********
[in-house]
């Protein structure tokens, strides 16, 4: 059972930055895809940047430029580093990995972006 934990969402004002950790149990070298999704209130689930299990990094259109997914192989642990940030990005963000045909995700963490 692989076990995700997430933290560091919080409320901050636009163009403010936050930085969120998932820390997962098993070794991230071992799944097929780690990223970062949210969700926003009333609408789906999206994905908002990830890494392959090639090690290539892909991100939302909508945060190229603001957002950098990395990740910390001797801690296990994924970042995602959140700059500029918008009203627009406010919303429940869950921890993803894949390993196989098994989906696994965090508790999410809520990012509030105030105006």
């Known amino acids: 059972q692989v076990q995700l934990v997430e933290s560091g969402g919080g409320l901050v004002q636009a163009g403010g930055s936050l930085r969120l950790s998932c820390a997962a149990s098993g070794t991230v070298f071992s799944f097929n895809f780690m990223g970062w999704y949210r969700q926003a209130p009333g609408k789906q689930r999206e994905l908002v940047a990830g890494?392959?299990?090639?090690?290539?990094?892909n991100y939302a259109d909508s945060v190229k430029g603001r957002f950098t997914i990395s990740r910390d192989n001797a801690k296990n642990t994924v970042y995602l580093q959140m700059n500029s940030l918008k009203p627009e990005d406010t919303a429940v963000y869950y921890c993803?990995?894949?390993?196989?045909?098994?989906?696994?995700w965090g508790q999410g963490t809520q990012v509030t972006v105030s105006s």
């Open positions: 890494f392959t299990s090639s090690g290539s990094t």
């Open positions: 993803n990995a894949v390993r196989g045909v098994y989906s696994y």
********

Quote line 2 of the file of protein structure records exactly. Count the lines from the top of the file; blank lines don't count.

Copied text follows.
């Protein structure tokens, strides 16, 4: 059972930055895809940047430029580093990995972006 934990969402004002950790149990070298999704209130689930299990990094259109997914192989642990940030990005963000045909995700963490 692989076990995700997430933290560091919080409320901050636009163009403010936050930085969120998932820390997962098993070794991230071992799944097929780690990223970062949210969700926003009333609408789906999206994905908002990830890494392959090639090690290539892909991100939302909508945060190229603001957002950098990395990740910390001797801690296990994924970042995602959140700059500029918008009203627009406010919303429940869950921890993803894949390993196989098994989906696994965090508790999410809520990012509030105030105006």